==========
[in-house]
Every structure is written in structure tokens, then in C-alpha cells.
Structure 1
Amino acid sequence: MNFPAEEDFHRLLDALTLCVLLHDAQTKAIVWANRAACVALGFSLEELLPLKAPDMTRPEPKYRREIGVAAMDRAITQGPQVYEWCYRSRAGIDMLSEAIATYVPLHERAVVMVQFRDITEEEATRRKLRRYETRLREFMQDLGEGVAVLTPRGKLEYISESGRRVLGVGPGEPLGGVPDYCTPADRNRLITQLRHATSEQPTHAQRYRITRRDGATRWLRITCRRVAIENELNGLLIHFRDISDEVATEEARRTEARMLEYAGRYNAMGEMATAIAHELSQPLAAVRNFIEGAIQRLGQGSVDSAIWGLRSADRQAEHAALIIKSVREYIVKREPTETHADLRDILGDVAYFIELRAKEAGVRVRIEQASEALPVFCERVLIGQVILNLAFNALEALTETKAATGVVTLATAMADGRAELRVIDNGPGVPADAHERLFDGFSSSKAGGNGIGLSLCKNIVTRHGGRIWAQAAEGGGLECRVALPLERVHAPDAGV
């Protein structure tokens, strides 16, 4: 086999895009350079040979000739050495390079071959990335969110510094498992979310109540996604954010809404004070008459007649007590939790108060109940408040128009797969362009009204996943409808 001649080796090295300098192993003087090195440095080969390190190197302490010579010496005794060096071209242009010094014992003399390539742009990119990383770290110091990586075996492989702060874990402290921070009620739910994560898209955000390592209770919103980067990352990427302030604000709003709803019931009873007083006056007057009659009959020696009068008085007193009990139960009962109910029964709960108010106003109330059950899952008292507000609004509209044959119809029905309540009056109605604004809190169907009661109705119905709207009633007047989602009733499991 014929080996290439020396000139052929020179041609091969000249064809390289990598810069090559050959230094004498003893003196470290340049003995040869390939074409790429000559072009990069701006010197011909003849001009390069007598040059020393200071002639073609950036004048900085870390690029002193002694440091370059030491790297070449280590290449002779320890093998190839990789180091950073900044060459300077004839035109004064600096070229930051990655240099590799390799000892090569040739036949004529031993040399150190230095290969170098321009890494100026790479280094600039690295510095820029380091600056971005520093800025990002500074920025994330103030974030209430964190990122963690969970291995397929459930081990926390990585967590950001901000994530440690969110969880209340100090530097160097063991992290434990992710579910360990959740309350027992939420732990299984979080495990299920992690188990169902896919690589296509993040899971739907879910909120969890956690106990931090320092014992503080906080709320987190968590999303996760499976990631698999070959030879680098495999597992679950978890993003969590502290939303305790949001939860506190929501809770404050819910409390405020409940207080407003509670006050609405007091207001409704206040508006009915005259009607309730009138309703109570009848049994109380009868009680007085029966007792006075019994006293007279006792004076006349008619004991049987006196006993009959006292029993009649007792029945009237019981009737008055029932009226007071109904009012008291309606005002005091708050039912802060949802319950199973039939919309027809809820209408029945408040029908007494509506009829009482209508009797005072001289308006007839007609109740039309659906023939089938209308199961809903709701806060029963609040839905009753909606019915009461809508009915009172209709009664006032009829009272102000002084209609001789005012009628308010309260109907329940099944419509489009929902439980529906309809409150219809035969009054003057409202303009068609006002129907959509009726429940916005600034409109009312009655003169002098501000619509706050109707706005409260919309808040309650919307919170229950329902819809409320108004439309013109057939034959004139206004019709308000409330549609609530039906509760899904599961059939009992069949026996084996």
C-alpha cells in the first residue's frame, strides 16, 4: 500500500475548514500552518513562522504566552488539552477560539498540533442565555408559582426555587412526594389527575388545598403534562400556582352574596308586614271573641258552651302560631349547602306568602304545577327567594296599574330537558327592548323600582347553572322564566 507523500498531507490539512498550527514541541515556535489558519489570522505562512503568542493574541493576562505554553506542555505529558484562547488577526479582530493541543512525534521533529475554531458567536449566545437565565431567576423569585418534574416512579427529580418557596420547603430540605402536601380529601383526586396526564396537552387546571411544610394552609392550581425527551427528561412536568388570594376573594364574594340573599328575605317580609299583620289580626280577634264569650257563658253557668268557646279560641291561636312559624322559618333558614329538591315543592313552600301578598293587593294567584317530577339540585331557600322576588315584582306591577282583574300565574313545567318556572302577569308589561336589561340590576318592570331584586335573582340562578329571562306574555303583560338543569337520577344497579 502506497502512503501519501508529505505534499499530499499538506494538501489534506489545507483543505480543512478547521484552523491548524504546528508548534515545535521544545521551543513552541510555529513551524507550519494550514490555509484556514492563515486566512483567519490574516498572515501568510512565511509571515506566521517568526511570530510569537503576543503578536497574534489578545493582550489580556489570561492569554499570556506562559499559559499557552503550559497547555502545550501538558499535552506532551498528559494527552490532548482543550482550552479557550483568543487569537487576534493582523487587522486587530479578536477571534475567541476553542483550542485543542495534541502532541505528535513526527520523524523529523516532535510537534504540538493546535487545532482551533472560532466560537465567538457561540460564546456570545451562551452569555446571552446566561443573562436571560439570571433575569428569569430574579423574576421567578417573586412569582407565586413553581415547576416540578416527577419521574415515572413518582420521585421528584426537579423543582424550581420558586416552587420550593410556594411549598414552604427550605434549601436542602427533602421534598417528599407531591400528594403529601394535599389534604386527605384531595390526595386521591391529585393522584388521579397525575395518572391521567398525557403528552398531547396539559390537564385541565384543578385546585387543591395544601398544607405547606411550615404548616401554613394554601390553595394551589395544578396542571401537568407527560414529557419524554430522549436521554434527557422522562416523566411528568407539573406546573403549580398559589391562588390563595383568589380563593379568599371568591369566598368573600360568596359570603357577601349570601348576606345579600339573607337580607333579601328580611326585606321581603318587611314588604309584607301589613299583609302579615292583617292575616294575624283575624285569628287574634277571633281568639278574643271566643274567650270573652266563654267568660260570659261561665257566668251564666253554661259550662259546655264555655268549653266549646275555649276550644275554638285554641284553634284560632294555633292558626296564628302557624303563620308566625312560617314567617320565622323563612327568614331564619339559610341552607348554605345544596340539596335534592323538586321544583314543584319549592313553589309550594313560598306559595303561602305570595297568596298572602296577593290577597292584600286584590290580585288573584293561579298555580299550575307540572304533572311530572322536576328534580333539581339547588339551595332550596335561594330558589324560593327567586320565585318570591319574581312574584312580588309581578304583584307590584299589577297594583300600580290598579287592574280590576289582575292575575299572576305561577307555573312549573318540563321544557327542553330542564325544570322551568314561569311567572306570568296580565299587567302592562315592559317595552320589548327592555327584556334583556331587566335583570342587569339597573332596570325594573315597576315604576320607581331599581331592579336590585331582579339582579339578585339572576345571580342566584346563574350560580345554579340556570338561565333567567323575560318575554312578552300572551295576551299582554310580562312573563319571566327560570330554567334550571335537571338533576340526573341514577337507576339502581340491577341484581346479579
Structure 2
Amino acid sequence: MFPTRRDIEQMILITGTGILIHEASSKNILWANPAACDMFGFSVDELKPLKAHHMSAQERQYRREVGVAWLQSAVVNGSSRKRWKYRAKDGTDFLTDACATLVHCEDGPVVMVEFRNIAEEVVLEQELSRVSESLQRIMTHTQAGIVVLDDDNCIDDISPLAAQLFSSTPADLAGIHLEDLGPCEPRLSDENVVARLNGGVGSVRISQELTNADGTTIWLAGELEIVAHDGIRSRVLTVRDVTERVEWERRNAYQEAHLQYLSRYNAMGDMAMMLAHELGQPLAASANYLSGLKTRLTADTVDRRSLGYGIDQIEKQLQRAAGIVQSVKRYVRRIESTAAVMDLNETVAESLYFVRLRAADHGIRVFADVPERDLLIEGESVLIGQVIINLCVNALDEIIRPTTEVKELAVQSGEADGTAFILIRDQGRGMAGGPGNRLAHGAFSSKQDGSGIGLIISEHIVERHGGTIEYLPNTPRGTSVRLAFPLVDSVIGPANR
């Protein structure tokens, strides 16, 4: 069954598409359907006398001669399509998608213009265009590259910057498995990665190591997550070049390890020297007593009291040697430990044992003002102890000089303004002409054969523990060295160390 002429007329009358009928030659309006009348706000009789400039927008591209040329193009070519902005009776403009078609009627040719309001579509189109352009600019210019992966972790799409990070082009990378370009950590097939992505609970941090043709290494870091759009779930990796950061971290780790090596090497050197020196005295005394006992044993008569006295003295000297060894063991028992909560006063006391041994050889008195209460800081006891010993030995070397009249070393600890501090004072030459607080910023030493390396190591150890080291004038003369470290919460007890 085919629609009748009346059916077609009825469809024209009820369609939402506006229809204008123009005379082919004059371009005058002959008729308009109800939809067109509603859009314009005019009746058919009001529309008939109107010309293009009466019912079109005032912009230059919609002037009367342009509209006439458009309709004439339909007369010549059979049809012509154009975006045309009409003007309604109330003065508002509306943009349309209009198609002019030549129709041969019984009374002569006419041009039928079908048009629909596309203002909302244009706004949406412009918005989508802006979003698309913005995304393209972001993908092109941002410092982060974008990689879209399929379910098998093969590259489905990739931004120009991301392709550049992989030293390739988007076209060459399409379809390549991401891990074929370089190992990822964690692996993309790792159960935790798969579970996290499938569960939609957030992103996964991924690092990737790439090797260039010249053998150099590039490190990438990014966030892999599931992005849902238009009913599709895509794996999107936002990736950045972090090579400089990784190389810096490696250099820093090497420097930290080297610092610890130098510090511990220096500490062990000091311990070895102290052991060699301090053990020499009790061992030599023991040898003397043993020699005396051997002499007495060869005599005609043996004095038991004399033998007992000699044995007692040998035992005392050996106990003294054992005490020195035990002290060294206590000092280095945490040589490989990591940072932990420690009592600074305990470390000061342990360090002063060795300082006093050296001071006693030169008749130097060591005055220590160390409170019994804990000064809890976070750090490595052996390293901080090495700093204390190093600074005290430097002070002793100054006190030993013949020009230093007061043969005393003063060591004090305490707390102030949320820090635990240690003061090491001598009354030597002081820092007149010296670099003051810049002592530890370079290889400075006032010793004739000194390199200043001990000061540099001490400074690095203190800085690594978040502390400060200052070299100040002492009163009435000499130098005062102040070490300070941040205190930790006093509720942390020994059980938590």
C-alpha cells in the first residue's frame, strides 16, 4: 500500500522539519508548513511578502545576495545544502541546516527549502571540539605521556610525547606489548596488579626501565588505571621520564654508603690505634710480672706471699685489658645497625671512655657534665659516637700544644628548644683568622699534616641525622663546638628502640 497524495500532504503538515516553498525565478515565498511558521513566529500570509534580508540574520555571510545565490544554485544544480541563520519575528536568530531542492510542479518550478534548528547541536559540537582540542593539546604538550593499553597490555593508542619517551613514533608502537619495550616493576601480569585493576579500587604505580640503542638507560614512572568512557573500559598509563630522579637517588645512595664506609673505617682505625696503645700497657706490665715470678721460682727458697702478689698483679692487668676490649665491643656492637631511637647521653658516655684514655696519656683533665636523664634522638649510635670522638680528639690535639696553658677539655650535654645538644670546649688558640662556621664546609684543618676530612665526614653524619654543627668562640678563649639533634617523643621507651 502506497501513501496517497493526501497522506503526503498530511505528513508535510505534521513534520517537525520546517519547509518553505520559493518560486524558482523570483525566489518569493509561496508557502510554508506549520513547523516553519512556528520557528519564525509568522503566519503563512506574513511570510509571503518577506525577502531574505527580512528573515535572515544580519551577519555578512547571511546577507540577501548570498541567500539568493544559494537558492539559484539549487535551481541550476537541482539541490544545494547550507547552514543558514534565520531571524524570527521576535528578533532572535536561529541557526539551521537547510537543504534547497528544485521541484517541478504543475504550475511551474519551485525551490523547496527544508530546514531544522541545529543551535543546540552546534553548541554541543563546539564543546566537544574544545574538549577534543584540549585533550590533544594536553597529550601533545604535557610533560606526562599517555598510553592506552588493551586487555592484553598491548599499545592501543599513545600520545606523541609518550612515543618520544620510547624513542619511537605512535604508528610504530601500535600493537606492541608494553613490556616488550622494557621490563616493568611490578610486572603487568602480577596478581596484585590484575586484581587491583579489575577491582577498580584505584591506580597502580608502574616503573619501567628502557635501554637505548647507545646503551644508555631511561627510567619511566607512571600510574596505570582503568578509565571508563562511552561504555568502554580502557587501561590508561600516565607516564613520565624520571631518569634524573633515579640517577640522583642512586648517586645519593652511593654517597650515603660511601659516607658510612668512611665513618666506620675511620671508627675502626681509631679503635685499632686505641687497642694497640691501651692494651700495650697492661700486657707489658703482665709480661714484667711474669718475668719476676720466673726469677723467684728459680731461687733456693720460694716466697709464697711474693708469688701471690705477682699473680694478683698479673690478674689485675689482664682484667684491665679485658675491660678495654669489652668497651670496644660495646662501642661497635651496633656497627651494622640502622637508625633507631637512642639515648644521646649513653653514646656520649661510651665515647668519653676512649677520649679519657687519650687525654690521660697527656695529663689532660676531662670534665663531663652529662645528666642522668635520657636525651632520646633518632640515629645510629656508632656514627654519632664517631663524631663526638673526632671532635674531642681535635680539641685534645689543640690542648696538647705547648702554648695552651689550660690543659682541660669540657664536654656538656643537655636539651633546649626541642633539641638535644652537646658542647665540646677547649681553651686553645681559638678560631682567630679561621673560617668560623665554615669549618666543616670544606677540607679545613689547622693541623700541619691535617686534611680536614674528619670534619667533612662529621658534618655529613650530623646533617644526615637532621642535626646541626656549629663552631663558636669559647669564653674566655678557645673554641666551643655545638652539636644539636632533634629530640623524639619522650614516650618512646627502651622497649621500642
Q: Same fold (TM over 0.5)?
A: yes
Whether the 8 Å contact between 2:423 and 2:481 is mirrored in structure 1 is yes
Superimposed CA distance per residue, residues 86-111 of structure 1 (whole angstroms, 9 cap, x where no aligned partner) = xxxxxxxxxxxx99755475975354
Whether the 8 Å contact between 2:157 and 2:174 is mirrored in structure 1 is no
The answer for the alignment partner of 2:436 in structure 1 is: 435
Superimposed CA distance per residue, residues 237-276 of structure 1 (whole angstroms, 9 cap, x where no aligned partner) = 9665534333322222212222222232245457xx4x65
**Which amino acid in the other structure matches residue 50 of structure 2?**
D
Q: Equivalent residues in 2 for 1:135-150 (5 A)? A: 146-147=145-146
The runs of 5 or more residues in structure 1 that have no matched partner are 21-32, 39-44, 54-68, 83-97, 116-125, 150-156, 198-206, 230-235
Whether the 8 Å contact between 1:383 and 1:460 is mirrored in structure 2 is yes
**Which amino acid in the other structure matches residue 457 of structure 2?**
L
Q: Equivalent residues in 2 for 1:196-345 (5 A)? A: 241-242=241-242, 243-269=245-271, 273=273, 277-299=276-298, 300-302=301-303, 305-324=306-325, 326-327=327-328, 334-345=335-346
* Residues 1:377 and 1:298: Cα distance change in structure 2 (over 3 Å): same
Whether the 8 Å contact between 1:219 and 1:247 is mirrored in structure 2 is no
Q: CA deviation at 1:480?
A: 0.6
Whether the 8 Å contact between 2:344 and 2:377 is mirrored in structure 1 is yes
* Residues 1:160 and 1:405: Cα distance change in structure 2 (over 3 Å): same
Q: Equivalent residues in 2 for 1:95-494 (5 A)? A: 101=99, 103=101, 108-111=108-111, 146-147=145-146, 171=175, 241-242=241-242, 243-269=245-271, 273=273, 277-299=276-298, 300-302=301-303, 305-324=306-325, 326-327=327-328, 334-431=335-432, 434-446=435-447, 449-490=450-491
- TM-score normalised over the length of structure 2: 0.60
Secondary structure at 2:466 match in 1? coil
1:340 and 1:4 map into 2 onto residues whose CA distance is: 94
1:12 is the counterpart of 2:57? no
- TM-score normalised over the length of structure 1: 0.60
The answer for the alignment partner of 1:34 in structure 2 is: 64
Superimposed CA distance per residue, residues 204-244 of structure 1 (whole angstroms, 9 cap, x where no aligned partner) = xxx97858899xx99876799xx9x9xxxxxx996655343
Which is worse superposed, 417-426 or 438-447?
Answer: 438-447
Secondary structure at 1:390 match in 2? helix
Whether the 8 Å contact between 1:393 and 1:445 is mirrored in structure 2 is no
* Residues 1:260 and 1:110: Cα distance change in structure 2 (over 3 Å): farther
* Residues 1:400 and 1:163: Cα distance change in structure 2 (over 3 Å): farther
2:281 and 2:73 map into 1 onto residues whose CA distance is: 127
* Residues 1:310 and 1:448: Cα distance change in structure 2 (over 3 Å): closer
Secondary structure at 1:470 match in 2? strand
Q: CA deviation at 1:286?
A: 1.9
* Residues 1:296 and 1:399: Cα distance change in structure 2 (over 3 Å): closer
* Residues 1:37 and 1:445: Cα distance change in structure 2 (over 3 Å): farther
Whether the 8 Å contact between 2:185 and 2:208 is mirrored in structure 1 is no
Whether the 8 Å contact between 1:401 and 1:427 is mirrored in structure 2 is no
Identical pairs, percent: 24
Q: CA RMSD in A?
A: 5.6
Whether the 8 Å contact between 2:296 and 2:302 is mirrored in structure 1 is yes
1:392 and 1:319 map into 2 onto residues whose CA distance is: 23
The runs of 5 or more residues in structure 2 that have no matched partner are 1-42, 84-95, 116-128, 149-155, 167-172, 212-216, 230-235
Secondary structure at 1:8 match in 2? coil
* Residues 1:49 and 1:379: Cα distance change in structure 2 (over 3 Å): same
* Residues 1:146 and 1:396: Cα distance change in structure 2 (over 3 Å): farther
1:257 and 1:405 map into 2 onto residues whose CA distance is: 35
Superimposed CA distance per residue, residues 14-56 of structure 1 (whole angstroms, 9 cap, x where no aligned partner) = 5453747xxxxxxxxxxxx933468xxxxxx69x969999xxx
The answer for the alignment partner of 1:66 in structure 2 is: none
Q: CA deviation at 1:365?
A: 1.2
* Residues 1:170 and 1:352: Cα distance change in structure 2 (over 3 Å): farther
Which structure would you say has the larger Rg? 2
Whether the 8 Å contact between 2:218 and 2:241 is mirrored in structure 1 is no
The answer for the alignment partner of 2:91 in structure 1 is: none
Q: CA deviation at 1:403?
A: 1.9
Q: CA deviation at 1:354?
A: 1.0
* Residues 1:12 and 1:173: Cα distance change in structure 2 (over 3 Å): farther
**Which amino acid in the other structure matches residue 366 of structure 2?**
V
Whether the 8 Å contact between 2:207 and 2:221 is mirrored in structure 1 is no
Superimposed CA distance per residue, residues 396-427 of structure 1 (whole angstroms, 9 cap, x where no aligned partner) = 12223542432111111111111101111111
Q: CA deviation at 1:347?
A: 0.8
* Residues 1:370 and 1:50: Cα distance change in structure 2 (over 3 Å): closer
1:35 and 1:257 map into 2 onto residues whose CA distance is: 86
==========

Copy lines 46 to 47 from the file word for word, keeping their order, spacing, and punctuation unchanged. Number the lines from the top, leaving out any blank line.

2:281 and 2:73 map into 1 onto residues whose CA distance is: 127
* Residues 1:310 and 1:448: Cα distance change in structure 2 (over 3 Å): closer